My former coworker, Mira Mendlovitz of W.W. Grainger, Inc., and our friend Robert Gadd of OnPoint Digital presented on a bespoke mobile app for Sales Enablement, built by OnPoint, for Grainger. It took a combination of xAPI and a LOT of grit to effectively handle offline SCORM-like capabilities in the app to track mobile content and use xAPI to sync up data back to an LRS when connectivity was established. Not only was it a great presentation and a highly practical case study — the sheer talent and effort it took to come up with a means to handle any SCORM content to play and track in a mobile app was a significant achievement. That it’s painless to the end user is as it should be; the extra-special technical effort to achieve it is impressive.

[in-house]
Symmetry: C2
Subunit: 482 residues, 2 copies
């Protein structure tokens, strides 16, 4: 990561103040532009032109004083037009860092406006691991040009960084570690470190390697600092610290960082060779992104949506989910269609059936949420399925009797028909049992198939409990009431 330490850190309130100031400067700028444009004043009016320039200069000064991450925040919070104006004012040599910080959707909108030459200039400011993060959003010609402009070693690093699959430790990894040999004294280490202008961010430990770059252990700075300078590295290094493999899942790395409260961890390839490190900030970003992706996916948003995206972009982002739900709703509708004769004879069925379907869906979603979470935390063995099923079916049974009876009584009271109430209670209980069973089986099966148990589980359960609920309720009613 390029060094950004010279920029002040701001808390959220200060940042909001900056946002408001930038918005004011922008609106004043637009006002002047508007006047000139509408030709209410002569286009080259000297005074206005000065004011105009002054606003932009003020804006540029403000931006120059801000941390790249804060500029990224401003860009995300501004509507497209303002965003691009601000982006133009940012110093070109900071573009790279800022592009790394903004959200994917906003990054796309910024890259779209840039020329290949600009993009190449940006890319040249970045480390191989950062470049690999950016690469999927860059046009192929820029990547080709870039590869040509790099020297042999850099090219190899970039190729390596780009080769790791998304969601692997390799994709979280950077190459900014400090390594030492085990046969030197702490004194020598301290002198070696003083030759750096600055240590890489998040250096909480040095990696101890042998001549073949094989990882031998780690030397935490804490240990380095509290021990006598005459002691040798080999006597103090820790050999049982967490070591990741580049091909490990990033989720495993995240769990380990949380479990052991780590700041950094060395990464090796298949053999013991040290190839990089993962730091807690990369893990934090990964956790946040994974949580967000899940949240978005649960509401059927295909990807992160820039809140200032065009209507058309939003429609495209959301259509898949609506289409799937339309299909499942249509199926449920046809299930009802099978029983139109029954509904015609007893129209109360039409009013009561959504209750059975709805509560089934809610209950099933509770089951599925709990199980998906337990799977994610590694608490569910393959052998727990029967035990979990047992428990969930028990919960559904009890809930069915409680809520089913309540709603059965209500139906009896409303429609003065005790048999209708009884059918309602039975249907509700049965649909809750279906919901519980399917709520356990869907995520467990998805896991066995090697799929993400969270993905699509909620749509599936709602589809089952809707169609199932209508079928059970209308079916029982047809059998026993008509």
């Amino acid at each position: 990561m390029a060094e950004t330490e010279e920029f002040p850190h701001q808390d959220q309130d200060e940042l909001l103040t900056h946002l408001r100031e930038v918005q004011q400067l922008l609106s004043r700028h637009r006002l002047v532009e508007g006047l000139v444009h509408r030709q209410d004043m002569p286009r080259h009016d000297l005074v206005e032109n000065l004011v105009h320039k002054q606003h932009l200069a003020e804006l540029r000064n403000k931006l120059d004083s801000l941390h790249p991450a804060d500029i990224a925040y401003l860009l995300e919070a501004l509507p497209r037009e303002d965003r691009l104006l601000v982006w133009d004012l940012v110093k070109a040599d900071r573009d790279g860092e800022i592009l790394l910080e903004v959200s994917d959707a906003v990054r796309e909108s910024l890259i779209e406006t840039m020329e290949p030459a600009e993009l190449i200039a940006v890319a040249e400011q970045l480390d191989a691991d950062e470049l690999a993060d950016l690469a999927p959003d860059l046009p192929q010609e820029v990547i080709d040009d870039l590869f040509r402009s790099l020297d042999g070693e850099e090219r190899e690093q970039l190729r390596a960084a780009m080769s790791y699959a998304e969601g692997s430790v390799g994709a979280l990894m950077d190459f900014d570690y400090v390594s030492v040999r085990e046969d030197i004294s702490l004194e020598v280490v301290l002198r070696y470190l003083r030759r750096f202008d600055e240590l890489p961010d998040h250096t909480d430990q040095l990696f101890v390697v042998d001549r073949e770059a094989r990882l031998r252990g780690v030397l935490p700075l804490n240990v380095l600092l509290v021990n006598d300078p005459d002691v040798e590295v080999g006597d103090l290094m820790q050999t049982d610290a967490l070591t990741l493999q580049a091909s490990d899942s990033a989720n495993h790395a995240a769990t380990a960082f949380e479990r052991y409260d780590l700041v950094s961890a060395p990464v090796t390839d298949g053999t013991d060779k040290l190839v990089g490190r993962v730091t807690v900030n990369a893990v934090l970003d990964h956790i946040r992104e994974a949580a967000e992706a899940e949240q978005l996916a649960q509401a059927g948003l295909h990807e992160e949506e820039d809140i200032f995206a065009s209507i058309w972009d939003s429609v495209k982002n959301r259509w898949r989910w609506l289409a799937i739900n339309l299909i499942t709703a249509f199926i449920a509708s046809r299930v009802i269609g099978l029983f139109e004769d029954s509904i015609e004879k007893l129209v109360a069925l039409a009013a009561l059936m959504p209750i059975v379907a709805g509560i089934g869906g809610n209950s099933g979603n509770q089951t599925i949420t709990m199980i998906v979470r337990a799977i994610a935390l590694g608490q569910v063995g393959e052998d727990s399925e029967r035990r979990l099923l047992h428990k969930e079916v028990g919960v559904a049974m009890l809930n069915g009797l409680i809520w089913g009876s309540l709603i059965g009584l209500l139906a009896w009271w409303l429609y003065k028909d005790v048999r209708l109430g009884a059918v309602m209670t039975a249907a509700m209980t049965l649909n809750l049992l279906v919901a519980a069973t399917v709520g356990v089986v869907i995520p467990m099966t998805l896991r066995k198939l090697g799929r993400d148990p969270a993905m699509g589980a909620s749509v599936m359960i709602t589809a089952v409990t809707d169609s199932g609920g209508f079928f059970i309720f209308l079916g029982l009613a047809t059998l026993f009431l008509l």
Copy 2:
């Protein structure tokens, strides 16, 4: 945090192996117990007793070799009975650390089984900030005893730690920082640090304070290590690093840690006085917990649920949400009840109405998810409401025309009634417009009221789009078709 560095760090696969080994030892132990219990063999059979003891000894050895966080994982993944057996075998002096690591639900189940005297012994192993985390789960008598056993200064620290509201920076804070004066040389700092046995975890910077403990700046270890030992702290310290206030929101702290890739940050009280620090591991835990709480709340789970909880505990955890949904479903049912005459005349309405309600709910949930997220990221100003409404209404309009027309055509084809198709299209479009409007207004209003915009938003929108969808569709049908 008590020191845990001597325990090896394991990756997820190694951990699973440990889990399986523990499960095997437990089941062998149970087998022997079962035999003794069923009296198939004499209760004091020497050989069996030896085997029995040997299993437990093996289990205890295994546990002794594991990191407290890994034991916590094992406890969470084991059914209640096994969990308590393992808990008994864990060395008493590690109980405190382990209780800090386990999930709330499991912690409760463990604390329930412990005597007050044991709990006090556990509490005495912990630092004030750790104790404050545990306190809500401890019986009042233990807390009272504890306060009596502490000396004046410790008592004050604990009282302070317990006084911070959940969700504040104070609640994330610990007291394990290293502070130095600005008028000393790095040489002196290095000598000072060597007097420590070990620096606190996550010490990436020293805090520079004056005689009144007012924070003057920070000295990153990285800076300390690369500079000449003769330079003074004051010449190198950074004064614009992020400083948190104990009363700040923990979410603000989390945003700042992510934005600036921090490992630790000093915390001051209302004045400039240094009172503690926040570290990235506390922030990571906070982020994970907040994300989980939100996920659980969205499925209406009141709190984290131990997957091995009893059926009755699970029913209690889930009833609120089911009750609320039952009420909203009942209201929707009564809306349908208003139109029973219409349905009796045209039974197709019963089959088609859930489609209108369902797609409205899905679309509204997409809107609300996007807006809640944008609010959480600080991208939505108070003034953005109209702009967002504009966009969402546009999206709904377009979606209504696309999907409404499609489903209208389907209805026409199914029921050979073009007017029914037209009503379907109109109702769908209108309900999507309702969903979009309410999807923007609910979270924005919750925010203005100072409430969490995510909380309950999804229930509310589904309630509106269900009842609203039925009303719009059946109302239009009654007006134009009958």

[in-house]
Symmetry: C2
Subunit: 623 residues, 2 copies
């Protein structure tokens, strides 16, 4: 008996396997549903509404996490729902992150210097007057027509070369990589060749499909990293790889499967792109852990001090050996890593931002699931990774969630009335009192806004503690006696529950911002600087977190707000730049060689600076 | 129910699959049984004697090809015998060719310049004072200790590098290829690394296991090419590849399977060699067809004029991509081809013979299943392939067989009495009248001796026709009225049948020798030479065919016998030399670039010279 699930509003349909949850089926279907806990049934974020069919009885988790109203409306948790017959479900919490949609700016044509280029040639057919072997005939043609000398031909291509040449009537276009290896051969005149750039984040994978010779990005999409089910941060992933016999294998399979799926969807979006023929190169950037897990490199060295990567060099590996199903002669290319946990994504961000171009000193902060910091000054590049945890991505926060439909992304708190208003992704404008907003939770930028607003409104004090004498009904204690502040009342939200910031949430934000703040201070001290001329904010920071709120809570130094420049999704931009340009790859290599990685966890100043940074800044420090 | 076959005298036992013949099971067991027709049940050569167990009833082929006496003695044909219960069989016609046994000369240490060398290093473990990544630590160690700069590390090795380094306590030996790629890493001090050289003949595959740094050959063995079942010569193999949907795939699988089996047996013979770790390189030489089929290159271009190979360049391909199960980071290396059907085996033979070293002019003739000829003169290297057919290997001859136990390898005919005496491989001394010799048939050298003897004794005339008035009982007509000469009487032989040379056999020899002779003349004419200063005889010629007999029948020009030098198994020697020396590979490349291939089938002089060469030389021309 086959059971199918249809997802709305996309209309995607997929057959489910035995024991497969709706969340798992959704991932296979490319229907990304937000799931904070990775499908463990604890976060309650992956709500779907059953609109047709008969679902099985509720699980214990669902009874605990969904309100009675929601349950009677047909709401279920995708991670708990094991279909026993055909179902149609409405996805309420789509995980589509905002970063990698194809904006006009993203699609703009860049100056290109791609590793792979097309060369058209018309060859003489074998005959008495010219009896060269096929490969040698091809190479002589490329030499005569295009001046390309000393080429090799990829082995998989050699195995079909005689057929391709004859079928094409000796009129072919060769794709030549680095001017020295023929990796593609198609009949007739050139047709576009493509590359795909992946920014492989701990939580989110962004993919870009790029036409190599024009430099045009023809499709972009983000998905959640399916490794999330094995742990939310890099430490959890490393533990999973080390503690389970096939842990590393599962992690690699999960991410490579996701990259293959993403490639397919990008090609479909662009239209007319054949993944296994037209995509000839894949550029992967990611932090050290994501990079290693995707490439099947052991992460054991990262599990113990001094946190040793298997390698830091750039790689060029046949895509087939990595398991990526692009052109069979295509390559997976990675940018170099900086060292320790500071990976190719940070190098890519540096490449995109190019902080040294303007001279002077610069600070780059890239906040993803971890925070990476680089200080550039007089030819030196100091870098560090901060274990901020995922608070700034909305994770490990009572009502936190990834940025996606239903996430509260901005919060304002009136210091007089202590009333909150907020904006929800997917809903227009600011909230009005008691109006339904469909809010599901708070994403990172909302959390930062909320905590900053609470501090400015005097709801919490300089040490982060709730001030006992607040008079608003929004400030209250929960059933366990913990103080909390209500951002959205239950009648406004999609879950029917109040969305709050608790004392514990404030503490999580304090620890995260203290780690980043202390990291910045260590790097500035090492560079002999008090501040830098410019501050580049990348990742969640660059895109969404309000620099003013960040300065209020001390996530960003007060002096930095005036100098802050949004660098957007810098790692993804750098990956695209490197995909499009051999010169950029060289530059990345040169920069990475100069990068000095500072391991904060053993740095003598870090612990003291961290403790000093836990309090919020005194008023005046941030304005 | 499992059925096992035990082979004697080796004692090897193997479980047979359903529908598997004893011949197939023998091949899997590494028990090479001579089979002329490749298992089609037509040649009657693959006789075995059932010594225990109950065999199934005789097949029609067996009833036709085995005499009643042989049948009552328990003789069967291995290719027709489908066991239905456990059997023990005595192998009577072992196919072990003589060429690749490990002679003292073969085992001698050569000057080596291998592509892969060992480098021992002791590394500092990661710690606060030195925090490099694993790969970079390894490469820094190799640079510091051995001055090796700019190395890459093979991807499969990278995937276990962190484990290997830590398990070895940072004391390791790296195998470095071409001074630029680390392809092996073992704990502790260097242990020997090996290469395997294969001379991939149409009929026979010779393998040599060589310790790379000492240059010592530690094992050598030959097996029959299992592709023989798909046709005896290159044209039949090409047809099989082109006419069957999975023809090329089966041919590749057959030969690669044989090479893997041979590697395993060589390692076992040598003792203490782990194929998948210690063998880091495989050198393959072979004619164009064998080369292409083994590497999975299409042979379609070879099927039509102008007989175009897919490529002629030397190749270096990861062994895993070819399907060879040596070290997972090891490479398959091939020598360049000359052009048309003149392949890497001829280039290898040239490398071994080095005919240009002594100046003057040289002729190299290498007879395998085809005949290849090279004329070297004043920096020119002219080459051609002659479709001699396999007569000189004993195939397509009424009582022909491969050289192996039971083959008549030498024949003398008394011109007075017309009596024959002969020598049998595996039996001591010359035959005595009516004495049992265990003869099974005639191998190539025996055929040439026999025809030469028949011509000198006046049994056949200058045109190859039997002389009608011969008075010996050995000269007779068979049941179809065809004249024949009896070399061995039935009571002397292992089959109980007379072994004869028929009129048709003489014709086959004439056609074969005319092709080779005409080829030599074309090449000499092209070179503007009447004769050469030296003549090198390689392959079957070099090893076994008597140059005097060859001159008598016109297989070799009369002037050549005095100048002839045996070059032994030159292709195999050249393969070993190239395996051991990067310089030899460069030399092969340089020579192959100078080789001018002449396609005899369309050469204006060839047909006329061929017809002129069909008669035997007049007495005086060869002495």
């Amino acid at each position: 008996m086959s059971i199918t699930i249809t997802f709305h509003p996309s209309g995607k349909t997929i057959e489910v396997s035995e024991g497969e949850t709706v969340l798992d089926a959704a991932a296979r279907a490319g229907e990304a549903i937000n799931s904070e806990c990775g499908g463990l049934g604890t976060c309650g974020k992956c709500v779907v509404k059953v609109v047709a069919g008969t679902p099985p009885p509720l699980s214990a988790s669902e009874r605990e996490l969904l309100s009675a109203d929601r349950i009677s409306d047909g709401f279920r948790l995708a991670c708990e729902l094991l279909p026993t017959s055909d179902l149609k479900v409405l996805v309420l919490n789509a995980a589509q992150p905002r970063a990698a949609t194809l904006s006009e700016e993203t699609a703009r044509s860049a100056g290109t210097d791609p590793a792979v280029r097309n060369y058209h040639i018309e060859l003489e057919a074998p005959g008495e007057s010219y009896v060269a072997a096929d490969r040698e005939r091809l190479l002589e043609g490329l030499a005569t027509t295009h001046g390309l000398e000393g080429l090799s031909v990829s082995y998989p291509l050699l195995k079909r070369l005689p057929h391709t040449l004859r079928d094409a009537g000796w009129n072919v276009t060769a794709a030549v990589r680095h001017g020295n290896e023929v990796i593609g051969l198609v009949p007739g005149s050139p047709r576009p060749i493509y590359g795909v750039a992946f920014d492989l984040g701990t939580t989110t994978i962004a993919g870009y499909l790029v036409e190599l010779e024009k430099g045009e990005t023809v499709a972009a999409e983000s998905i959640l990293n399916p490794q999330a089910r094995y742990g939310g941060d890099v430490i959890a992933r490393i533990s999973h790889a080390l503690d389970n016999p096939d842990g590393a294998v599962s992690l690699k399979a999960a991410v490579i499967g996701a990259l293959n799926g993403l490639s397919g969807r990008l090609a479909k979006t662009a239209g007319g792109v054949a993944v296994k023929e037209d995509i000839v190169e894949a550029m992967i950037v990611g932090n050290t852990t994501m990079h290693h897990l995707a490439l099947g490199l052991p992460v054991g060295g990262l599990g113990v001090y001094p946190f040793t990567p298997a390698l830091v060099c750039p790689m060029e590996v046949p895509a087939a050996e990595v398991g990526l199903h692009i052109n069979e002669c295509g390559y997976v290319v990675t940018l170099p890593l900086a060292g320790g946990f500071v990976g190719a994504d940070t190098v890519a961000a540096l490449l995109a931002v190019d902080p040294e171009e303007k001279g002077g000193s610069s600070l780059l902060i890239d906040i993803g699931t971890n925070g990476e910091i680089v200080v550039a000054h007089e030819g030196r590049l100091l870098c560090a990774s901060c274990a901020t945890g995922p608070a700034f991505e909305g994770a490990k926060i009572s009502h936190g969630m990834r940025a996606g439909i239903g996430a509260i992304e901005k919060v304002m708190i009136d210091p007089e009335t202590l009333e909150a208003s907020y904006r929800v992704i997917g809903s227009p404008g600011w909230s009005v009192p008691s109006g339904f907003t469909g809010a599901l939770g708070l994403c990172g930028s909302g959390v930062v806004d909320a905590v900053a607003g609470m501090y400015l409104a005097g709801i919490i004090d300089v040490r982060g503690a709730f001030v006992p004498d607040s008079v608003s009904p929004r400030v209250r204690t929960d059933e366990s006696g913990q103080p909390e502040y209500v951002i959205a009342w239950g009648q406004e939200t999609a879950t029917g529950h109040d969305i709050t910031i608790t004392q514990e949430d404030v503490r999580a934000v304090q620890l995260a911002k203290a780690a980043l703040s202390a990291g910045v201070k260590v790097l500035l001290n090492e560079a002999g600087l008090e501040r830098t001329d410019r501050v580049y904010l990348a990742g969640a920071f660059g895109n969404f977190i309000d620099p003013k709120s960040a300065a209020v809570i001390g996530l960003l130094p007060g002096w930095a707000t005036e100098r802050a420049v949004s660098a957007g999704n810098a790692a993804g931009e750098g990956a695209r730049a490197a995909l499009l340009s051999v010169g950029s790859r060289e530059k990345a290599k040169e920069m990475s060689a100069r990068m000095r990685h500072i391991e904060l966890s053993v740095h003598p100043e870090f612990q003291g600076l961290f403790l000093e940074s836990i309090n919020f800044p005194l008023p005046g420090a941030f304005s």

Chad Udell is another longtime friend who launched the first app (Tappestry) to support xAPI back in the “Project Tin Can” days of mLearnCon 2012. Float Learning has put out some impressive learning apps since then and, at the xAPI Hyperdrive, Chad showcased a client project, currently under development, using WebGL (a 3D graphics library compatible with many mobile and desktop browsers in HTML5) and xAPI to track learning activity back to the LRS. It was really cool to see what could be developed for a browser that is natively supported by HTML5, responsive and still incredibly immersive as an experience. BTW – Chad’s new book with Gary Woodill is out — Mastering Mobile Learning.